You Can Make A Difference
How You Can Help Sea Turtles
- Sea Turtles nest at night. Closing your curtains at 9:00pm insures that our turtles have a quiet place to nest and their hatchlings have a chance to start on a 25-year journey to return to our beach to replenish the species.
- Make sure chairs, toys and boats are off the beach from sunset to 2 hours after sunrise.
- Replace wooden cabanas with lightweight furniture that is easier to move on and off the beach.
- At night, beach obstructions should be place as close as possible to the dune in t an area that does not impact native vegetation.
- It is against federal and state laws to touch or disturb nesting sea turtles, their nests, their eggs, or their hatchlings.
Your help in protecting
these magnificent, endangered species
is greatly appreciated!
Light is Their Downfall!
- Sea Turtles do not see well on land and light only obstructs their vision. Light is one of the major reasons that cause a mother not to nest.
- Light attracts hatchlings by the hundreds and prevents them from crawling down the beach to the water.
Did You Know?
- The temperature of the nest determines a hatchling's gender. Warmer temperatures produce mostly females, and cooler temperatures produce a majority of males.
- Nesting sea turtles return to lay eggs in the same general region where they are hatched.
- Roughly one quarter of all sea turtle nestings in Florida occur in Palm Beach County, making our beaches extremely important to the survival of these threatened and endangered species.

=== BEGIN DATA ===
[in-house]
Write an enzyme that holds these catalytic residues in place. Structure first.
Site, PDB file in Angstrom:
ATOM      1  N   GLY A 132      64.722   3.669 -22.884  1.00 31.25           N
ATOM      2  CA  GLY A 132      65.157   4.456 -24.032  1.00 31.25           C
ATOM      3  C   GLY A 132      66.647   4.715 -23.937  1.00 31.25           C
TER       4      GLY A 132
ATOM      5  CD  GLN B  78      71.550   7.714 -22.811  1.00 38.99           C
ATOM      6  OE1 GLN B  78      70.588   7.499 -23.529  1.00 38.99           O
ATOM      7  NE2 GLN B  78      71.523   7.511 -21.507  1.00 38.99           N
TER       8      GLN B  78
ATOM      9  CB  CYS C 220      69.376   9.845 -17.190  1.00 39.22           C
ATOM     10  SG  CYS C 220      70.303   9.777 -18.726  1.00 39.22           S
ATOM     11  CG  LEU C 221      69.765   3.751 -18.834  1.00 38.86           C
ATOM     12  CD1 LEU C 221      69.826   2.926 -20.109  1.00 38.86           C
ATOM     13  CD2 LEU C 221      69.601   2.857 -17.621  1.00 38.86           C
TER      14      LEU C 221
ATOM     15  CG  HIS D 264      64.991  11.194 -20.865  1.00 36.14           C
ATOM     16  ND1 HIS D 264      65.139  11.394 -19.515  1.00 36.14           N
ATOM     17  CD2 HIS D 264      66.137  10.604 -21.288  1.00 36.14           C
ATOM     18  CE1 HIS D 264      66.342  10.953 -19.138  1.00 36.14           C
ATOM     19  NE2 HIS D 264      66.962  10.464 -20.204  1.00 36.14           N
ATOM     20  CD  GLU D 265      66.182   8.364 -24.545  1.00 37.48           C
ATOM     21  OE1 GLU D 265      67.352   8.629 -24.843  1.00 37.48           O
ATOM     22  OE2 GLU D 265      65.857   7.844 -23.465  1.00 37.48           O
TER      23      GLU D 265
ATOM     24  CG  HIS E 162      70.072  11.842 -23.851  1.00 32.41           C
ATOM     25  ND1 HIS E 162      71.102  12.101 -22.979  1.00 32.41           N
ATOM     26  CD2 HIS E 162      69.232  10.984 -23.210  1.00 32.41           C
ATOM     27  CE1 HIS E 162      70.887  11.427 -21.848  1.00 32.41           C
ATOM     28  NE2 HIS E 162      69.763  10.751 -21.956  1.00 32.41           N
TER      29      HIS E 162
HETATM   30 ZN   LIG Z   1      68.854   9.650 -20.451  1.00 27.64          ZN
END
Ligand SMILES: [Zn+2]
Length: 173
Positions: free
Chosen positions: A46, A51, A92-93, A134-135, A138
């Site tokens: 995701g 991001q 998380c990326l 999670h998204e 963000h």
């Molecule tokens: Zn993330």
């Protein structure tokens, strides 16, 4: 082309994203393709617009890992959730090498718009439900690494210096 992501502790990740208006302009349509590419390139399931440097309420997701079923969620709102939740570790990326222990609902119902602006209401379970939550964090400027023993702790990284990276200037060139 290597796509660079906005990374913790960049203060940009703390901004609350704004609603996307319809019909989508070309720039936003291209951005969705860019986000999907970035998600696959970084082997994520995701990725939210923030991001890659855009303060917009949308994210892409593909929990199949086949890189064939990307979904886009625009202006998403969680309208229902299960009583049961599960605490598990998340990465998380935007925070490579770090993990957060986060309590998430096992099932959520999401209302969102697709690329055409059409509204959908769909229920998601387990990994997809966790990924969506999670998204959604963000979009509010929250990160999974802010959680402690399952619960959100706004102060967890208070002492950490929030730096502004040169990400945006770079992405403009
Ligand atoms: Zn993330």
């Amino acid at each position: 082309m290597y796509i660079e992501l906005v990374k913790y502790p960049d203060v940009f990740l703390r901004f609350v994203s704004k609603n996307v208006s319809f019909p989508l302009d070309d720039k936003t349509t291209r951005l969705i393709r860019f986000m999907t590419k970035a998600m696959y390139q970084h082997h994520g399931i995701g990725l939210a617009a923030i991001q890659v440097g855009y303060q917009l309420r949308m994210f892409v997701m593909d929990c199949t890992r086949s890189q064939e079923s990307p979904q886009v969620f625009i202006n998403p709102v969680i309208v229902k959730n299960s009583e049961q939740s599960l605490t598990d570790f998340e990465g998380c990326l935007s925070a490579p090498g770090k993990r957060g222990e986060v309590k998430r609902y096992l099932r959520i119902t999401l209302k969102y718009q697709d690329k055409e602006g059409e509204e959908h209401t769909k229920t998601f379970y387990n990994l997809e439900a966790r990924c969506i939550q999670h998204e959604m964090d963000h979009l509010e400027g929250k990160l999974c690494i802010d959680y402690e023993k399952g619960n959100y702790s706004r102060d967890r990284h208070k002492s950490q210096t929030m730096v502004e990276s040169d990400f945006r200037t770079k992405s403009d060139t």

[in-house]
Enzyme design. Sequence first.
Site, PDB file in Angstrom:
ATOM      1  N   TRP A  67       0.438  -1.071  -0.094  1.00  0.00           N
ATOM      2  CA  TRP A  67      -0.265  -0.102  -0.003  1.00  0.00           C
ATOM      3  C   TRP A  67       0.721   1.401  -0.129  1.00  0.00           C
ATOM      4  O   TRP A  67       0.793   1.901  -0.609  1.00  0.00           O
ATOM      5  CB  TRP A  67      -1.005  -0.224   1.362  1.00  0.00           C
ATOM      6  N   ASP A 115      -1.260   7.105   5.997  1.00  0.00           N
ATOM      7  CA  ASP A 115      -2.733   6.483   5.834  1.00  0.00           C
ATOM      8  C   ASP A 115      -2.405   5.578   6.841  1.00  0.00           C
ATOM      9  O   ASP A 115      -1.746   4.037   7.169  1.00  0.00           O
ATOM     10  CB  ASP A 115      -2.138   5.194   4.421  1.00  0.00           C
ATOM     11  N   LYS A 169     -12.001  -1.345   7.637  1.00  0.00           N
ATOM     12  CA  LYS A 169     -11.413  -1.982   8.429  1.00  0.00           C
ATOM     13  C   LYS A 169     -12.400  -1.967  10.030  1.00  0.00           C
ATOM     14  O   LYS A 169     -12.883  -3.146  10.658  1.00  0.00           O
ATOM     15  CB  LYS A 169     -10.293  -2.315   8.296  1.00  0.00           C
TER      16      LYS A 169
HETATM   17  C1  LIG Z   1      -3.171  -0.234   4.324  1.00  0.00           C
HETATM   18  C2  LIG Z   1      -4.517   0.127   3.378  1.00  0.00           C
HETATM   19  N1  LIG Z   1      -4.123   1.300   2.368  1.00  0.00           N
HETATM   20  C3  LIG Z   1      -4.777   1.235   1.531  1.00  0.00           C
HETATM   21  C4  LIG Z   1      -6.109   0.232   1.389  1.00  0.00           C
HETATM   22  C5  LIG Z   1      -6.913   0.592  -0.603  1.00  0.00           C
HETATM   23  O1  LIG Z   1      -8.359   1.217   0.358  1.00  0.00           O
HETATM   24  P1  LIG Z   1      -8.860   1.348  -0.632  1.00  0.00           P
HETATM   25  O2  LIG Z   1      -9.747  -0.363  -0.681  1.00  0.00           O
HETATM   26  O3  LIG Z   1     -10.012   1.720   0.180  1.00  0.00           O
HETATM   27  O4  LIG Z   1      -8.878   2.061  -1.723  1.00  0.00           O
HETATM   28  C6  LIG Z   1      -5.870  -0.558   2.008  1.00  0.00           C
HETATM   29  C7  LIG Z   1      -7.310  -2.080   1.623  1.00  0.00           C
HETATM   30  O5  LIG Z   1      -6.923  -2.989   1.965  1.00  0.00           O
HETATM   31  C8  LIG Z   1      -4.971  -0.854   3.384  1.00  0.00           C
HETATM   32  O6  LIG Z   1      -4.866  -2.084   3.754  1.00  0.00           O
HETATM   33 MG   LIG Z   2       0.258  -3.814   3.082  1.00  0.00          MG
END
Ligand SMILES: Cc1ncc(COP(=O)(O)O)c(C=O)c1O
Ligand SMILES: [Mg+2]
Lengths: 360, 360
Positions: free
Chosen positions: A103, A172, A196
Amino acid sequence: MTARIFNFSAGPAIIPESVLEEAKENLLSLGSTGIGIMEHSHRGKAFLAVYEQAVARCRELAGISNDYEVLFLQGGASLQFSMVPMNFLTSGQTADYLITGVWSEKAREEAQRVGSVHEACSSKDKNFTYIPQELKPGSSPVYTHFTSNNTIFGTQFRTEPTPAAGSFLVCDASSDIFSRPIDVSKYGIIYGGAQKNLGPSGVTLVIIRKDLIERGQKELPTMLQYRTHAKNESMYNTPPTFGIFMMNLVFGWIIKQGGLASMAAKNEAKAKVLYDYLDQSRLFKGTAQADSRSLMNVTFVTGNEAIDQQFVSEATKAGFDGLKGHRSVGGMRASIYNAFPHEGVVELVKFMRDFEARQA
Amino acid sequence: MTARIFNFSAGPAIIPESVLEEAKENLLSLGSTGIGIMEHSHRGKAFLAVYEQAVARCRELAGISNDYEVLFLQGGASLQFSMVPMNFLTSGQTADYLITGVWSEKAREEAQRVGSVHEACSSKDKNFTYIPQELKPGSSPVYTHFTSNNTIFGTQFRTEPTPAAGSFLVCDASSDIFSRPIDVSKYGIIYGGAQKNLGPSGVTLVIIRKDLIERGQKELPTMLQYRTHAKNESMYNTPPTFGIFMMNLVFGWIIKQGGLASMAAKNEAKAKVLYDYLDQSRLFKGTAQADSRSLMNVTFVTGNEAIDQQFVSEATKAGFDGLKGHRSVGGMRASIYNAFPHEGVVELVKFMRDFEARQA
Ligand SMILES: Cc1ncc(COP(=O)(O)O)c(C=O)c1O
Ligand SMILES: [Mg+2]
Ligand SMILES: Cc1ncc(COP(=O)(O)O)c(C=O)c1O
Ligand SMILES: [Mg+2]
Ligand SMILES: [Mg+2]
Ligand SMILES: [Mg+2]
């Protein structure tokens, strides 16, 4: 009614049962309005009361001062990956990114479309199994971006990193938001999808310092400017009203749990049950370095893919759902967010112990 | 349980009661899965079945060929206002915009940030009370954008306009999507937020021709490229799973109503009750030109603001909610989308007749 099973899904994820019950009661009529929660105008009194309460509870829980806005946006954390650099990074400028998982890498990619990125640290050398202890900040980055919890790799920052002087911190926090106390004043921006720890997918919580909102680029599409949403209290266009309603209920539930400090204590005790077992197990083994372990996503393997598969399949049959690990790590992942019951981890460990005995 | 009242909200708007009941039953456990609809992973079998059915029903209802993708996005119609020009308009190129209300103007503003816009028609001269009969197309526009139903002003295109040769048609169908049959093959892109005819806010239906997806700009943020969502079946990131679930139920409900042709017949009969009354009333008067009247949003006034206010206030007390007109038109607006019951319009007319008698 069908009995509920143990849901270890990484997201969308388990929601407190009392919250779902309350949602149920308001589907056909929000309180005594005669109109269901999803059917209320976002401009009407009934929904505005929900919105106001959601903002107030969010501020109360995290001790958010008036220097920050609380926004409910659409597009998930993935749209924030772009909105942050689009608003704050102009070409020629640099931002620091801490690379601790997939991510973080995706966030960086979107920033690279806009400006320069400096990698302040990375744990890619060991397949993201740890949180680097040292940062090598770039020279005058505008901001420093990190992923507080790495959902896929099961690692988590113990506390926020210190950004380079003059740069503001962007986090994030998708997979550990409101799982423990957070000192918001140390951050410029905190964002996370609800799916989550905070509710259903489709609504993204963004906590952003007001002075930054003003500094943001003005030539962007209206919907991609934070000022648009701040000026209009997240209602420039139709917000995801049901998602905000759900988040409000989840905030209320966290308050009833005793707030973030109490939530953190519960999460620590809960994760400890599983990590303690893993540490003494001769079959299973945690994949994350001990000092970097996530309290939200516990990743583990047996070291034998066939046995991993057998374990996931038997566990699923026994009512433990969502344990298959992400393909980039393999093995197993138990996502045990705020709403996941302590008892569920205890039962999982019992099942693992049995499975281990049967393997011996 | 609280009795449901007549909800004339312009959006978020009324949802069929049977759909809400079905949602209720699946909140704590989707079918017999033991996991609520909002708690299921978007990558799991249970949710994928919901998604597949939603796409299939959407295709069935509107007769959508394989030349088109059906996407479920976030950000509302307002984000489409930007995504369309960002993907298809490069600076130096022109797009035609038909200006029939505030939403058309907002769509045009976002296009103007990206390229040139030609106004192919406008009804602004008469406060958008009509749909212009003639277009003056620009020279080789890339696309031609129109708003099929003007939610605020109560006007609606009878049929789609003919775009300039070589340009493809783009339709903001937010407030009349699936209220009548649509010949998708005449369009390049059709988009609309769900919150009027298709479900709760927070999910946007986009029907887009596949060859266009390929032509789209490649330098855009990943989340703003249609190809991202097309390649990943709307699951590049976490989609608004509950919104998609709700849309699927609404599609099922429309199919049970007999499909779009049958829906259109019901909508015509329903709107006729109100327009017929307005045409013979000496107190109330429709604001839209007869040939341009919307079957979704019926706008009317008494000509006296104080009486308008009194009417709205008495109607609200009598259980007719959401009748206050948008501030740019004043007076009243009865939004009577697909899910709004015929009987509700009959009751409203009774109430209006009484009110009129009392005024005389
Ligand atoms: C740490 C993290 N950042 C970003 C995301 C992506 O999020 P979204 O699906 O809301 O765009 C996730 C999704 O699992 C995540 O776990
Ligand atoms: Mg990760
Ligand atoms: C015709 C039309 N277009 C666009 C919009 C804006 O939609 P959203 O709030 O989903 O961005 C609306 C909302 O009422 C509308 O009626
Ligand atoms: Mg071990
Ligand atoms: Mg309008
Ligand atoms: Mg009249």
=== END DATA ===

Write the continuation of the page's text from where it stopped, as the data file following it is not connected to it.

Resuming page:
Sea Turtles of Palm Beach County
Every year from March-October, the sandy beaches of Palm Beach County become essential nesting grounds for three different species of sea turtles, including the loggerhead, green and leatherback. The female sea turtle comes ashore at night to construct her nest on a dry part of the beach. It is here that she will deposit 80-120 eggs, which will incubate about 2 months buried in the sand. After emerging from the nest, hatchlings crawl down the beach to the water where they must swim for many hours to reach rafts of seaweed in the open sea.
The Problem: Obstructions Impact Sea Turtles
Sea Turtles lack the ability to easily maneuver around objects or crawl backwards, and although they have good vision underwater, they do not see well on land. Therefore, furniture and equipment left on the beach overnight may create an obstacle for nesting sea turtles. When a sea turtle comes in contact with an obstruction, she can become trapped or entangled and is more like to return to the sea without nesting.